A school bus carrying high school students slids into a ditch February 7, 2018. (Photo courtesy of the Ontario Provincial Police)

School Bus Company Defends Decision To Run Buses

The company that provides transportation to thousands of kids across Windsor-Essex each morning is defending its decision to run school buses during a treacherous morning commute.

The decision is being questioned by parents on social media, especially after two school buses slid off the road Wednesday morning.

Nobody was hurt in either incident, although one bus had 17 high school students onboard when it went into the ditch on the 14th Concession in Essex. The second bus slid off Hwy. 3 near Division Rd. in Kingsville when it was struck by another vehicle.

Those parents are not alone. Amherstburg Town Councillor Rick Fryer plans to bring it up at town council Monday night.

“I’m going to bring it up until somebody’s held accountable for making decisions, and how are you going to do it, so it’s done in a better timely fashion for Windsor-Essex,” he says pointing out the media reported snow overnight into Wednesday morning.

Fryer says his biggest concern is the safety of drivers, whom he says are forced to drive in unsafe conditions and children who ride the buses.

Manager at Student Transportation Services, Gabrielle McMillan says safety is her primary concern too, but there was no indication the roads would be so slippery when the decision was made at 5:30am.

“None of them [spotters or operators] had any major concerns this morning,” she says. “The operators are making the decisions based on the conditions that they are driving in and what is coming, and whether or not they feel they can safely drive with their equipment.”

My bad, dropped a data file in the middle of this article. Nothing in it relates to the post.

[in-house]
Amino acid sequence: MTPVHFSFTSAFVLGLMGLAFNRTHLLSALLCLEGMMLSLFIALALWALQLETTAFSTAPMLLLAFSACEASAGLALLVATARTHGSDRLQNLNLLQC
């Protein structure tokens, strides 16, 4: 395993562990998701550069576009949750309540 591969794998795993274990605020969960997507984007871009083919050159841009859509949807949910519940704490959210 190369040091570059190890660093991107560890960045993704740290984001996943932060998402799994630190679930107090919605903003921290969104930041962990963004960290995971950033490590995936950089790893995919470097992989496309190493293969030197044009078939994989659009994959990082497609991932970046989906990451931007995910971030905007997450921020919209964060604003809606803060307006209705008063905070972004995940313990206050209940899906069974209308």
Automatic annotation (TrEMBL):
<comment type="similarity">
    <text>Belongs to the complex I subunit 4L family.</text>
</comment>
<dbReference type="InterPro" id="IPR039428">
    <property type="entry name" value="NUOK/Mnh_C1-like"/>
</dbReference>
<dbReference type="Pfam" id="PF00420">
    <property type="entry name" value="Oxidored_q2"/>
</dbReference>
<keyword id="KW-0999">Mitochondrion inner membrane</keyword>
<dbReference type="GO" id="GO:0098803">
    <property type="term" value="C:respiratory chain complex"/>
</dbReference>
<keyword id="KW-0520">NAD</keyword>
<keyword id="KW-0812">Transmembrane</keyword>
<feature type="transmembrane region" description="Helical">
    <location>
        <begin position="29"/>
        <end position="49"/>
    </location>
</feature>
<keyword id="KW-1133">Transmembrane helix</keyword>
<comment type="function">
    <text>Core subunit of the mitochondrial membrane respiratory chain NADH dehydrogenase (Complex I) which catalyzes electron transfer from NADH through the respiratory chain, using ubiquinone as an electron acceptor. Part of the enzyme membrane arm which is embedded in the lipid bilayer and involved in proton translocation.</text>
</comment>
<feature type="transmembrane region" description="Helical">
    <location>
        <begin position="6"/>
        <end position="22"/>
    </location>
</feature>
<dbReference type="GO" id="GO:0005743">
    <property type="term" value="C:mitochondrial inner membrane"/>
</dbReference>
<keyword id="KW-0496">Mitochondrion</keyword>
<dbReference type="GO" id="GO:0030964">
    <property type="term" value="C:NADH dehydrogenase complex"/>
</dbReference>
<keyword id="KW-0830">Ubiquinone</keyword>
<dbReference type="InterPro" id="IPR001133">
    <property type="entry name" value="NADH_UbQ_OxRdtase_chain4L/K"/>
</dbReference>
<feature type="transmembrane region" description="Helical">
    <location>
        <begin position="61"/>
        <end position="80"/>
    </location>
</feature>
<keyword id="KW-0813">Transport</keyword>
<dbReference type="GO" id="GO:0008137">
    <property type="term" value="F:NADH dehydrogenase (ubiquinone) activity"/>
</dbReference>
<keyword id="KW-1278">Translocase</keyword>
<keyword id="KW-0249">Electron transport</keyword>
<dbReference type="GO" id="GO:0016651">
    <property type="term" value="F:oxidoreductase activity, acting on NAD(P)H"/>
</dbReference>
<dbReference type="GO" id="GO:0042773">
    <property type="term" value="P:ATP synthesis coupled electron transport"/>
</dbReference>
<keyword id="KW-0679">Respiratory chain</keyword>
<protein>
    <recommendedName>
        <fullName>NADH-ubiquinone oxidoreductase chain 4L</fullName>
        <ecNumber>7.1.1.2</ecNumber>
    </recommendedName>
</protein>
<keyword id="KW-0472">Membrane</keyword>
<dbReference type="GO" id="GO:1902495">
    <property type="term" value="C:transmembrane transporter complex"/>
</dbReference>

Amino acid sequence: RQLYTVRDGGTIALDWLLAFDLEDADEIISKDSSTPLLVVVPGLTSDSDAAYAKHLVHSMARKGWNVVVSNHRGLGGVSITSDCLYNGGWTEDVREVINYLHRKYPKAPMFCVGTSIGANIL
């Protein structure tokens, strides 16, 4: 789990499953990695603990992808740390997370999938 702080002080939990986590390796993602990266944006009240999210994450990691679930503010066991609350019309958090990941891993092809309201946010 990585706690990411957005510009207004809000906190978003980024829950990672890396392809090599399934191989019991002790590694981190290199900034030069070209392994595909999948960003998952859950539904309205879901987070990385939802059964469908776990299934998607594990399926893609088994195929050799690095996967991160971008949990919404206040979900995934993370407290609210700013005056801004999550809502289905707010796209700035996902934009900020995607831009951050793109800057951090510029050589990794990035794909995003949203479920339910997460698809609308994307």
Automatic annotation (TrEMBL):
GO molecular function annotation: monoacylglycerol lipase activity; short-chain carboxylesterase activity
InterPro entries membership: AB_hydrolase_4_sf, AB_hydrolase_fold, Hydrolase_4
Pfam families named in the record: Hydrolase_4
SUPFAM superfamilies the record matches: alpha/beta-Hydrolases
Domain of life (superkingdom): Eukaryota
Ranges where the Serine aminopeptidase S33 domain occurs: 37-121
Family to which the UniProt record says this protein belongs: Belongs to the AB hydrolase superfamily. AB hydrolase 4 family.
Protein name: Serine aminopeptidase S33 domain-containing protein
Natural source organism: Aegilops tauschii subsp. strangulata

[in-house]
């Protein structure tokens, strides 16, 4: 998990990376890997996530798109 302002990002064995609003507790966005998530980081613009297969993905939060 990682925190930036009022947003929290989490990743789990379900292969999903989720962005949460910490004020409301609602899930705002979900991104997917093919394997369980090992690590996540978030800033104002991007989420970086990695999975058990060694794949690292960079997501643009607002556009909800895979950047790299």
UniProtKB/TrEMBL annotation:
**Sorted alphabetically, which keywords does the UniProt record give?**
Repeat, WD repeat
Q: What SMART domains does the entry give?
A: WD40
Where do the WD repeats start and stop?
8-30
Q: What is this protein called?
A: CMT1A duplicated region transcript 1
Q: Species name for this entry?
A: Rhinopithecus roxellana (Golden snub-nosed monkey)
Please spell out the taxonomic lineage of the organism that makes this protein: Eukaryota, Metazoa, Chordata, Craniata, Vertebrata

McMillan says buses have been cancelled in the past because of icy conditions, snow drifting, whether the plows have been out, and poor visibility. She says they typically run if only a few centimetres of snow is forecast.

She says the spotters, many of whom are bus operators, make the decision, and McMillan only gets contacted if they are considering cancelling.

“They felt so comfortable this morning, I didn’t even get a call,” she says.

Meanwhile, Fryer believes the region needs to take a lesson from Eastern Ontario.

“What we need to do is start doing an earlier system — there would be an article in the news tonight saying they’ve already cancelled their buses,” he says. “How can they cancel the school buses way before the storm hits, and we’re waiting every morning at 6:30am?”

He believes an earlier warning system would also give parents the time to set up alternate childcare in adverse weather.